They have long been replaced by safer and more modern apparatus, but as these archive pictures demonstrate, the trackside signal box is a uniquely enduring image of Britain in the early 20th century.
The familiar raised wooden structures actually date from around 1860, when they evolved from the huts and towers formerly used by policemen, and from the semaphore towers erected during the Napoleonic Wars. Before their widespread adoption, trains were kept apart only by predetermined intervals of time and distance.
The boxes had two storeys. Upstairs was the operating room, with a view over the track and a bank of levers which controlled not only the mechanical flags but also the points on the railway track. The two were closely interlocked, making it impossible, in theory, for the points to be set without the appropriate signal also being in place.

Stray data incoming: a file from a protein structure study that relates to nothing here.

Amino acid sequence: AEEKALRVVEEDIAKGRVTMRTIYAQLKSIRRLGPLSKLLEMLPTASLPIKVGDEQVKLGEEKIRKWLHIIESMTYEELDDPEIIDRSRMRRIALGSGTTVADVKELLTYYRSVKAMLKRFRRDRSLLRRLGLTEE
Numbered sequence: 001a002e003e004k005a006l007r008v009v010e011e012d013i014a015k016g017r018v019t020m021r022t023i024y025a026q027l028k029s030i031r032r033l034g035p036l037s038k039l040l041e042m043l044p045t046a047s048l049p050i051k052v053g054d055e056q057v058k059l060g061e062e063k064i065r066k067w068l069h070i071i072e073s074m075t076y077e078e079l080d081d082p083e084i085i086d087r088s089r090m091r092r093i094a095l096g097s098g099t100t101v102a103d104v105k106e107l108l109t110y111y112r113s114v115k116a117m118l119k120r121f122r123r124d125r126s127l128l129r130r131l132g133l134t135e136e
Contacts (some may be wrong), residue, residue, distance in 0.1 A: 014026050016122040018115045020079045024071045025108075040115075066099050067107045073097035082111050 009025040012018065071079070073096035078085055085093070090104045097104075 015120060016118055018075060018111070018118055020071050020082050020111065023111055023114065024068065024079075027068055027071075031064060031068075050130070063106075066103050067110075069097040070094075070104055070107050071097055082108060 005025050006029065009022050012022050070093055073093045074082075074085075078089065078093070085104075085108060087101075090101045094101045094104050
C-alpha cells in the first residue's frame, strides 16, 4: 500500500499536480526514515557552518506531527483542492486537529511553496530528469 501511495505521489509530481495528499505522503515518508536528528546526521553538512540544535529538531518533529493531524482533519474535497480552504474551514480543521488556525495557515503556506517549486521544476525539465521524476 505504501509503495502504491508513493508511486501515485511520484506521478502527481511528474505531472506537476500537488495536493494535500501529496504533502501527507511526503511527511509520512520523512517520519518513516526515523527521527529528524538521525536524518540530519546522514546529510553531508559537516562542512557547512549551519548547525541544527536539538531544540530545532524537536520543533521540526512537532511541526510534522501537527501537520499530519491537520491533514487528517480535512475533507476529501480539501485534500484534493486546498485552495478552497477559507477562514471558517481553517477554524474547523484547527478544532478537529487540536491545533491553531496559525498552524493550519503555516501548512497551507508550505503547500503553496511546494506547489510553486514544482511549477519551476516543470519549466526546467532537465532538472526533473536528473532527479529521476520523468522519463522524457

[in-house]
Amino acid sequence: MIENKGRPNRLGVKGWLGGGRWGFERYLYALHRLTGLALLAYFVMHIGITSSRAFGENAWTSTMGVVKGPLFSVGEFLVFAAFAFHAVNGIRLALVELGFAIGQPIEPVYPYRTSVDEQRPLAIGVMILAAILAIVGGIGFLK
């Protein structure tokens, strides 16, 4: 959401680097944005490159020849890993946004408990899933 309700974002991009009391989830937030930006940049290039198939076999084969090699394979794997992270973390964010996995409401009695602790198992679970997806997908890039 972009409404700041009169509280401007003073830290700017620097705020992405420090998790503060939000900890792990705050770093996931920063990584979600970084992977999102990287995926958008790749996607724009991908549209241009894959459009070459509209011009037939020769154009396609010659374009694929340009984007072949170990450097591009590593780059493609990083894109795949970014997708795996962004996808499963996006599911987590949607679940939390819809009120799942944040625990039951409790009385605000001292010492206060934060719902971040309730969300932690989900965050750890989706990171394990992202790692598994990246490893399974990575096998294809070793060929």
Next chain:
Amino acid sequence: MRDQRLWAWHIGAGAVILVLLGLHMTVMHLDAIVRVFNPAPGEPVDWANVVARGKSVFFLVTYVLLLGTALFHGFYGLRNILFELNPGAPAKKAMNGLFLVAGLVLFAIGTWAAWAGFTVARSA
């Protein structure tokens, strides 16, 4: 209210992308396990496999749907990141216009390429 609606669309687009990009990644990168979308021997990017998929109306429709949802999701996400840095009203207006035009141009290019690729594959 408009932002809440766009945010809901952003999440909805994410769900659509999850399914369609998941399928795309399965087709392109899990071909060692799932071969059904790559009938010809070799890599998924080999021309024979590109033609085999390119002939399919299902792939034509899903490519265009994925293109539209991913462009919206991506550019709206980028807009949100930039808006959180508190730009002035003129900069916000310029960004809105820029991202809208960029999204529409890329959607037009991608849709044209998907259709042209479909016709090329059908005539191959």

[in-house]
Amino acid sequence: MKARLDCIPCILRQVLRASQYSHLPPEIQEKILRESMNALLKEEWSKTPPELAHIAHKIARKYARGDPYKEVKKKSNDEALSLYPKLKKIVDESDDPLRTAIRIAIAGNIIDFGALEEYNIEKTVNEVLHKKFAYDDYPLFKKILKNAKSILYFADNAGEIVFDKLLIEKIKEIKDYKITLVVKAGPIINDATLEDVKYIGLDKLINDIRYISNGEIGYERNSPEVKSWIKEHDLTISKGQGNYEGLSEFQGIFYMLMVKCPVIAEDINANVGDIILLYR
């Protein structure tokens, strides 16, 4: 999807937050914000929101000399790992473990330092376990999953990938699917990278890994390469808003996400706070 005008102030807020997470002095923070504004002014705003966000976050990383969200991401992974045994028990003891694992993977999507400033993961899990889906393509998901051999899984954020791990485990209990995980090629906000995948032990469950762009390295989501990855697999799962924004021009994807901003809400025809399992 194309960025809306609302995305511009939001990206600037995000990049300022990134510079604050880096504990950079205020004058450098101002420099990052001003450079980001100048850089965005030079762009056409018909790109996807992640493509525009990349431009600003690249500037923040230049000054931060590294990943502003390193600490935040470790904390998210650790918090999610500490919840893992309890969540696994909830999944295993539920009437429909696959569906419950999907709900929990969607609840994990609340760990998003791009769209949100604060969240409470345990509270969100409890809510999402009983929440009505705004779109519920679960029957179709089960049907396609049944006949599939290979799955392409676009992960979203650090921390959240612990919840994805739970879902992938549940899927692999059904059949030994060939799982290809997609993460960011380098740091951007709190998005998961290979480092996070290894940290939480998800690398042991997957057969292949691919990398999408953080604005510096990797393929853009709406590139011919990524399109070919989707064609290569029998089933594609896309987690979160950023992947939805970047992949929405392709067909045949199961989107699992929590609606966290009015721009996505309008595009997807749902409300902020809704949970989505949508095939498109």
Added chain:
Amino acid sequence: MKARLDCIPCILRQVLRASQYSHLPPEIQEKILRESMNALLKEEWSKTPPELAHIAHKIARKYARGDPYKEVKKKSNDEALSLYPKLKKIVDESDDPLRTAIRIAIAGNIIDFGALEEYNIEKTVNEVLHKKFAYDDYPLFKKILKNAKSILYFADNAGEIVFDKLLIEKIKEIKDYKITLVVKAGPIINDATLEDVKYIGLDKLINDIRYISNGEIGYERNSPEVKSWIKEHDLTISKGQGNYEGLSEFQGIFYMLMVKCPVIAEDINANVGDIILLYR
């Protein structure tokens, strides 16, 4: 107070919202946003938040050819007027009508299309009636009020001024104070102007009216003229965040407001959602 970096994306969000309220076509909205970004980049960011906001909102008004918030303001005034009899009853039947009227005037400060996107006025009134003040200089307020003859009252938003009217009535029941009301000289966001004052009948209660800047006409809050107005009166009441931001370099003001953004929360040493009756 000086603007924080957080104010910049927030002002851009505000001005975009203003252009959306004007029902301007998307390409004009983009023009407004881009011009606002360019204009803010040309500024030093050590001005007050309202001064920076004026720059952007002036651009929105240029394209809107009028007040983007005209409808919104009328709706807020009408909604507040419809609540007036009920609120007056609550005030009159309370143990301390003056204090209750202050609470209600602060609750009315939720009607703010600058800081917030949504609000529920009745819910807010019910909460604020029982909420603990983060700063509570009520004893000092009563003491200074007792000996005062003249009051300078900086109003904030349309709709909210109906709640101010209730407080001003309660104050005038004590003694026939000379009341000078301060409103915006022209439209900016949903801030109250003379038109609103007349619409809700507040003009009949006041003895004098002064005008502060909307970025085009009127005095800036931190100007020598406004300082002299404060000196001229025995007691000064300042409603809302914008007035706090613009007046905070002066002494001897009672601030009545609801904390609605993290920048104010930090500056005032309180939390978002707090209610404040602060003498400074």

Below was the “locking room”, from which the rods and wires that controlled the points were fed through a gap in the front wall.
In an era before nationalisation, the installation process was fiercely competitive, with rival companies producing different systems and frequently engaging each other in legal disputes.
By the end of the war, there were some 10,000 mechanical signal boxes in operation. But as steam gave way to diesel, electric lights began to replace the mechanical flags and power boxes covering wide areas took the place of individual controllers, the number dropped precipitously. By 1970, only 4,000 remained and perhaps a tenth of that number today. Within the next two decades, the last will have been removed from active service on the public main lines.
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